What Does It Mean?
The derivation of history or a word
A form of moving from one place to another in the trees.
A lifestyle of animals that is active in the day. Opposite of nocturnal, being active in the night.
Eating both animal and plant foods.
Belonging to the same species.
Is non-maternal infant care by other individuals in the family or group.
Dedicated to Joey,
Cebus Capusinus group:
Cebus Apela group:
White Fronted Capuchin
White Faced Capuchin
Black Capped Capuchin
Black Striped Capuchin
Golden Bellied Capuchin
Capuchin monkeys are primarily arboreal and diurnal species. Their diets are omnivorous as they exploit a variety of food sources including: eggs, small vertebrates, seeds, fruits, vegetation, etc. Capuchins live in social groups between 5-30 individuals. This social grouping is typically uni-male multi-female (UM-MF). The lifespan of a Capuchin in the wild is up to 25 years, while those in captivity can live much longer (see photo of Mrs. Spock, below). These monkeys are the most intelligent of all the New World monkeys. They have been observed to use tools in the wild and have even passed the self-awareness mirror test.
Tufted Brown Capuchin
Threats to these little monkeys, like most wildlife, are due to habitat loss and degradation. In addition, the trade in Capuchin monkeys poses a serious threat to their survival in the wild. Trade of Capuchin monkeys is primarily for the pet-trades. Many individuals are captive bred while others are caught from the wild.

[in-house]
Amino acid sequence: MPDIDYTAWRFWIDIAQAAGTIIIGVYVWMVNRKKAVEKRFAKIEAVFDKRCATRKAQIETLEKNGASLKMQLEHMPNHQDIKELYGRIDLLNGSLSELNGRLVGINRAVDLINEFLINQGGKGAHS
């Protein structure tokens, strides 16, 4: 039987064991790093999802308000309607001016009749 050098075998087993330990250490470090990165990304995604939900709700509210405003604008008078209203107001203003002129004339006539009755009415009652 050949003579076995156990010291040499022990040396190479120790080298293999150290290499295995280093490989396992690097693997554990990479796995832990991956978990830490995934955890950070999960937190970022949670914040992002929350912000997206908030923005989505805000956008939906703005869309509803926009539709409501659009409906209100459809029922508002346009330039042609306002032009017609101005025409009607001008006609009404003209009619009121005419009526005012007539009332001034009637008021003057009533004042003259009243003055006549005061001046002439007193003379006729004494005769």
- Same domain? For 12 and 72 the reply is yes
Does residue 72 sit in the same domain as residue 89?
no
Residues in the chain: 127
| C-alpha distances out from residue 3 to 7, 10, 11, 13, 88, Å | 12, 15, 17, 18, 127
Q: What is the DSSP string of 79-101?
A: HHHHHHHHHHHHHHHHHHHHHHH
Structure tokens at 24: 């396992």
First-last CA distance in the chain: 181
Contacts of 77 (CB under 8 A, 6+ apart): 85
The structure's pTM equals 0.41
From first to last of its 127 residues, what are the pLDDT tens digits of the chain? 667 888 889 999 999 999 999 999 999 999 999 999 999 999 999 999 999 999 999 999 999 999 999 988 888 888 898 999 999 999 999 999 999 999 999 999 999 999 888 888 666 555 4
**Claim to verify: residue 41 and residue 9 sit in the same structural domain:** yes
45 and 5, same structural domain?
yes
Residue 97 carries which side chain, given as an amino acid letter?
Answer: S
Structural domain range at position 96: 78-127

Serious welfare implications arise in the keeping of non-human primates as pets. Primates that are kept as pets are most often deprived in physical and social conditions compromising their welfare. It is extremely difficult to meet the physical and psychological needs for pet primates as they are living without their conspecifics. Primates sold in the pet trade may be maternally deprived as they are prematurely separated both behaviorally and nutritionally from their mothers. Mothering and allomothering is vital to the social development in this genus.
View video of wild tufted capuchin monkeys courtesy of Arkive.org
Written by Kaitlyn Elizabeth-Foley for her February 2012 Letters from the Field blog series.
Nut-Cracking Monkeys Use Shapes to Strategize Their Use of Tools
On February 27, 2013, ScienceDaily reported the following:
Bearded capuchin monkeys deliberately place palm nuts in a stable position on a surface before trying to crack them open, revealing their capacity to use tactile information to improve tool use.